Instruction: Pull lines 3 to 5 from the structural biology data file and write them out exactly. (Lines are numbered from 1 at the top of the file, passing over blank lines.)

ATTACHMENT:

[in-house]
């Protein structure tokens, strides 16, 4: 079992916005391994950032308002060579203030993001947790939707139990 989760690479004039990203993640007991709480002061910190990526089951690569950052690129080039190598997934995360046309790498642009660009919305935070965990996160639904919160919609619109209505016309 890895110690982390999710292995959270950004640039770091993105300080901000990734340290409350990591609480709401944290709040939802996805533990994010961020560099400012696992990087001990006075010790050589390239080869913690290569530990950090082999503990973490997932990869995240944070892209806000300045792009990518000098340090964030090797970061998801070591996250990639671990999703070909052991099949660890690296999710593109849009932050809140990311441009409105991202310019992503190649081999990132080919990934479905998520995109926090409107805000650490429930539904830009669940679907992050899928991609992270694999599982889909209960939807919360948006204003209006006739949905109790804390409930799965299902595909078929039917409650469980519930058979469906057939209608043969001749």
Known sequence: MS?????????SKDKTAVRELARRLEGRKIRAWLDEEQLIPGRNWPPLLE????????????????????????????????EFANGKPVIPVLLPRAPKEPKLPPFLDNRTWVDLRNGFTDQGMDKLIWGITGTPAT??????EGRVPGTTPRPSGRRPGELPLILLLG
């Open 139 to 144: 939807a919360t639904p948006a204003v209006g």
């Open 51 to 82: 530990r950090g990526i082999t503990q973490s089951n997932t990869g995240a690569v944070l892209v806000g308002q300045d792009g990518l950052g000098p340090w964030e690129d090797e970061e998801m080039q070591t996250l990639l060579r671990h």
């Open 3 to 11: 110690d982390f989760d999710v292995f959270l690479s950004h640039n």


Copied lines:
Known sequence: MS?????????SKDKTAVRELARRLEGRKIRAWLDEEQLIPGRNWPPLLE????????????????????????????????EFANGKPVIPVLLPRAPKEPKLPPFLDNRTWVDLRNGFTDQGMDKLIWGITGTPAT??????EGRVPGTTPRPSGRRPGELPLILLLG
């Open 139 to 144: 939807a919360t639904p948006a204003v209006g």
């Open 51 to 82: 530990r950090g990526i082999t503990q973490s089951n997932t990869g995240a690569v944070l892209v806000g308002q300045d792009g990518l950052g000098p340090w964030e690129d090797e970061e998801m080039q070591t996250l990639l060579r671990h």